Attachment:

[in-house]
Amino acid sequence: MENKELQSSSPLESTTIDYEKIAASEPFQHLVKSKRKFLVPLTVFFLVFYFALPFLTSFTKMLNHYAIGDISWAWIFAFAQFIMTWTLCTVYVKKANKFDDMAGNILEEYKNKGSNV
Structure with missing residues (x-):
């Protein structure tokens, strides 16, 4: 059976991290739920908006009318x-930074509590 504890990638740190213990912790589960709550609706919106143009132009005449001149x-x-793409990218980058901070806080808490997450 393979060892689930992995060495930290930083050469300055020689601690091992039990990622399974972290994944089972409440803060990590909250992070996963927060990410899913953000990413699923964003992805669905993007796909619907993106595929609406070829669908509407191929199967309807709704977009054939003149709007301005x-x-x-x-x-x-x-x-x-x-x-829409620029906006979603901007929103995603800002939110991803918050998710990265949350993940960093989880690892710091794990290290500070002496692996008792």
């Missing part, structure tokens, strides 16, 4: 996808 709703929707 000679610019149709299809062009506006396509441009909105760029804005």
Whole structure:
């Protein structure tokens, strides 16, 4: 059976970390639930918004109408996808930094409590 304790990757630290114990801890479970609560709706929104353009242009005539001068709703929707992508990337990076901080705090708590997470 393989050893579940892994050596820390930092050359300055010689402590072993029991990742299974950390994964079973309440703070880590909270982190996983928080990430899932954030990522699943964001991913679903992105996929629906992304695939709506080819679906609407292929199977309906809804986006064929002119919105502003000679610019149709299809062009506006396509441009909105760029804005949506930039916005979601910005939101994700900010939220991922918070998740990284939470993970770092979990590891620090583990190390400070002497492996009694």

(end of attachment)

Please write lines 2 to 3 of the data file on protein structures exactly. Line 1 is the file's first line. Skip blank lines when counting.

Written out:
Amino acid sequence: MENKELQSSSPLESTTIDYEKIAASEPFQHLVKSKRKFLVPLTVFFLVFYFALPFLTSFTKMLNHYAIGDISWAWIFAFAQFIMTWTLCTVYVKKANKFDDMAGNILEEYKNKGSNV
Structure with missing residues (x-):